Oh my god he is the archetypal Canadian; rugged like a lumberjack, made from wool socks, hiking boots and a healthy dose of maple syrup. Here in the 21st century he’s proper scrubbed up, clean cut, waiting on me in those snug black shorts and dimpled smile. They’re out of the beer I want but he suggests I try their amber, which ’comes highly recommended’.
My voice cracks, ’Sure, sounds good’ and I feel a little dizzy as I watch him move towards the bar.
My man is oxen - tall and sturdy, built like a brick. I reckon most of the women coming in here swoon, but I’m not used to this sort of instant attraction. I try to convince myself it’s the way he handles his section. The restaurant’s packed and he’s in total control. Confident, efficient, moving gracefully between tables. He’s got it together. Fine stock, the best. Although admittedly the fact I’m so mesmerised has more to do with his chiseled jawline, delicious lips and firm butt cheeks, than any waiting skills. My god. The imagination swells into overdrive.
Having spent the past two days in the mountain, we’re now in a town called Matane, cushioned against the gaping mouth of the St Laurence River. Yesterday’s excursion to see caribou ended up with us cowered in freezing, wind-swept fog. Up on the tundra you could barely see 20 yards, let alone any wild herds. Definitely epic conditions, at least for the month of August. Today we faired better. Eighteen kilometres of steep climbs and jagged descents, clambering over boulders, making our way through terrain you wouldn’t automatically navigate, but the sun was shining and the scenery striking. To tick more boxes, we also saw a mama-moose and her calf munching just a few yards off the trail and caught a glimpse of the elusive, endangered reindeer, albeit specked quite far in the distance.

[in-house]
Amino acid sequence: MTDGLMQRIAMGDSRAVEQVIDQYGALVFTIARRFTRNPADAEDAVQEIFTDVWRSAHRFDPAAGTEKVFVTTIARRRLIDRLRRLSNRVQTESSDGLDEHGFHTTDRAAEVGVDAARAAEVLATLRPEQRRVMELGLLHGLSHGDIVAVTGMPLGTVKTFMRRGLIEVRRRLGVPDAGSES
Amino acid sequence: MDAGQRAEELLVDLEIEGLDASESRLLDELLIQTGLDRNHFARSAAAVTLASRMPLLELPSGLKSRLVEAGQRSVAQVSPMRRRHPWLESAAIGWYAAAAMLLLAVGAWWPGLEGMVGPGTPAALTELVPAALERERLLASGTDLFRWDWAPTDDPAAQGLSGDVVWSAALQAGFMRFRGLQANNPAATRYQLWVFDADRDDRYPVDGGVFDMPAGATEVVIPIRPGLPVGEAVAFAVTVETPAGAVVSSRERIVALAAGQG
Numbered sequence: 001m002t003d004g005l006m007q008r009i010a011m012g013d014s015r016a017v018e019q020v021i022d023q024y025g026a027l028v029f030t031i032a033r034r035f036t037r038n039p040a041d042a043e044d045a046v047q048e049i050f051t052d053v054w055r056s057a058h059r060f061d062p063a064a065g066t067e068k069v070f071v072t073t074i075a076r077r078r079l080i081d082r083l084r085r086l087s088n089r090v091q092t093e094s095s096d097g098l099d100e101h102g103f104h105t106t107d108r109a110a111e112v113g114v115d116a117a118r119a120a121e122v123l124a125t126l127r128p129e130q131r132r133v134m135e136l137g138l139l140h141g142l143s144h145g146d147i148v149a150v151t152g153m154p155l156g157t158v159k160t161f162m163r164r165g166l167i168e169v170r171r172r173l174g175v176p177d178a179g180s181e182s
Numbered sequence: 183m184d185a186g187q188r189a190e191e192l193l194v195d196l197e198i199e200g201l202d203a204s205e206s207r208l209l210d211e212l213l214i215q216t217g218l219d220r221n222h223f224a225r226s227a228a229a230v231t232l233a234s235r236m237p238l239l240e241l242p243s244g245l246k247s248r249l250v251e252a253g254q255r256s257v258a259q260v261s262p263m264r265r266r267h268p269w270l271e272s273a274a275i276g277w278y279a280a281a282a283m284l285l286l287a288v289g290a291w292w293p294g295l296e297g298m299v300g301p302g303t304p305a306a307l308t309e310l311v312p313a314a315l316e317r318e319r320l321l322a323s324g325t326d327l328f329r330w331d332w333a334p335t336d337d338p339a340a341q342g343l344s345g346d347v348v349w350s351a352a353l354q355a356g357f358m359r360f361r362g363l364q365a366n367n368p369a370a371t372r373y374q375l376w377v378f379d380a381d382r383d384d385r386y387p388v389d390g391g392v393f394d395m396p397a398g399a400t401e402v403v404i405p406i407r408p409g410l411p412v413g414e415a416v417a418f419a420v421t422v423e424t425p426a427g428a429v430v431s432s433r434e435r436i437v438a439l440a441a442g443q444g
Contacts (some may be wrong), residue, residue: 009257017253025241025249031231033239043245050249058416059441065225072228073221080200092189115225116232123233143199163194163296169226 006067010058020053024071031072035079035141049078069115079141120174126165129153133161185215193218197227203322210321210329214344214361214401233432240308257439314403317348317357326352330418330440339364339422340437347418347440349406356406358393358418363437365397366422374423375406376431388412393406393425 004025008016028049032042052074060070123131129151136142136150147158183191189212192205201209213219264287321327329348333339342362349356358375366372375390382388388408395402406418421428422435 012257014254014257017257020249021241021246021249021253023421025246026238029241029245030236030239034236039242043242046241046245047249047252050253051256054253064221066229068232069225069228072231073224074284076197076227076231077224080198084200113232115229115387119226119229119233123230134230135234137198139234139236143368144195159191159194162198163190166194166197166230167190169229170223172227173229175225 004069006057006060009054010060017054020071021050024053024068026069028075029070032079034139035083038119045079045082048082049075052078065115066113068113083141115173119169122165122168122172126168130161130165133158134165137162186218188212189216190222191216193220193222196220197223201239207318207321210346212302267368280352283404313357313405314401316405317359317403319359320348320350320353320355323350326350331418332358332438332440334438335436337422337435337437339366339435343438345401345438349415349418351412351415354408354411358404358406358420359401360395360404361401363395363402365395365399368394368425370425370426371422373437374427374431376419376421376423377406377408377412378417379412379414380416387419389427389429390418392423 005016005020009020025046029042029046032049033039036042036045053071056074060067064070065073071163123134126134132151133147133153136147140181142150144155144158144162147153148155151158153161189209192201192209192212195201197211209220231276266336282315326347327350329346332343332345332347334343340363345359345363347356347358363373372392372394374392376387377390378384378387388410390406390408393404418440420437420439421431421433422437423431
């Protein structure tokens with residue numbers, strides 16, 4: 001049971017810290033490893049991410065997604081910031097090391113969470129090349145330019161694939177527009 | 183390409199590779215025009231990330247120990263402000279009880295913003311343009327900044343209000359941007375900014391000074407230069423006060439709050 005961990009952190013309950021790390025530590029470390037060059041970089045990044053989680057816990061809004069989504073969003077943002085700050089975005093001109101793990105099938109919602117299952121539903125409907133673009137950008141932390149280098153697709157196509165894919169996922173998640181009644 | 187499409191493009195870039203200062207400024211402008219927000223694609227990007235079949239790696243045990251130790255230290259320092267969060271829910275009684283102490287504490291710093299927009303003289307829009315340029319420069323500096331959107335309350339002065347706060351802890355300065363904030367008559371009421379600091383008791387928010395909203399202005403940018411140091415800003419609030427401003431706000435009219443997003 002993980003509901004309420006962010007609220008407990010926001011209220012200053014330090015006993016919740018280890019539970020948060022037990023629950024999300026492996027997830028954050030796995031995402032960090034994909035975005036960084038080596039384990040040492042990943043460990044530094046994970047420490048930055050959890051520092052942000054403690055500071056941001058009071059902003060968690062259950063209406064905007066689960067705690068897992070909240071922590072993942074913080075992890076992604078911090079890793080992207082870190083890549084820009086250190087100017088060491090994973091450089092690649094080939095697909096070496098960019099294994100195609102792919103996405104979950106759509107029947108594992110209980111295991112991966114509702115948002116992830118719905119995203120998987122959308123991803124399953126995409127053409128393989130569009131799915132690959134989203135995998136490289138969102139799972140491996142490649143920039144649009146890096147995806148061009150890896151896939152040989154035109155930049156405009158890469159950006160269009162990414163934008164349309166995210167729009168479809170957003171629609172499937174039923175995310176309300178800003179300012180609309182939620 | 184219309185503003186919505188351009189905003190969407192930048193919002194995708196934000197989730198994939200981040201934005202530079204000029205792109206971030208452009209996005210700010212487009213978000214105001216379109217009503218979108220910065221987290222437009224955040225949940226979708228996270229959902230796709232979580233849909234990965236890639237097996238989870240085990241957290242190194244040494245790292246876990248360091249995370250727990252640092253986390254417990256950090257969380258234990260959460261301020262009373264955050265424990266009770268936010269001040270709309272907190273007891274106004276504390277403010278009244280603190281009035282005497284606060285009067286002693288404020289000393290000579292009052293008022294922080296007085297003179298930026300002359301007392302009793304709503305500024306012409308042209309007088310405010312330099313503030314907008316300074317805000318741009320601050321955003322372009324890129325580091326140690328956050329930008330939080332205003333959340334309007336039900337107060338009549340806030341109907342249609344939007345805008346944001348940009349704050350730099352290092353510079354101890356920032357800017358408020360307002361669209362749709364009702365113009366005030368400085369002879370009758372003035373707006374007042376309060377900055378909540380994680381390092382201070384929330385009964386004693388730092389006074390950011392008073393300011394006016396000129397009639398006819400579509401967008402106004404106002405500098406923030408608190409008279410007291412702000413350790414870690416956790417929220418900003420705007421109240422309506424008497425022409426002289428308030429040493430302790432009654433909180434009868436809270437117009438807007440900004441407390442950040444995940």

So by the time we’re sat in ‘La Fabrique’ I’ve forgotten about the pain and am consumed with a sense of accomplishment. I stare at our waiter and contemplate a move to this lost little part of La Belle Province. Could I hack it? Serving up their micro-brew, they’re definitely what one would define as ‘North American hipsters’, but for some reason they don’t annoy me as much. Maybe it’s cause they’re French-Canadian and actually championing some bonafide culture (or maybe, gulp, it’s cause I might have a speck of the stuff in my veins too).
Then I look at the girls around me. I may have earned my climbing credentials, but the outer-wear was over-sized and borrowed. My short, coloured crop definitely doesn’t fit in either. Not sure I could grow my hair that long or get used to wearing hiking boots 24/7. And as much as I think he’s sexy, I’d probably get bored having to come to the same brasserie every night. Besides, I couldn’t see myself ever getting that excited over 101 beer recipes. Same thing day in day out, same faces, same food, stuck within the same circle of voices … and then I start deliberating the idea of winter, which really sways me. This coast-line freezes - we’re talking salt-water ocean, frozen solid! And that’s for most of the year - summer’s but a wisp, only lasting a couple months. And bar this bar, the only other form of ‘hivernal’ entertainment seems to be bowling and ice-hockey. I mean I know there’s the internet and all but ...
So yep, as much as I’d love to feel those big arms around me, not sure I'm carved from the same stump, clear cut that it is.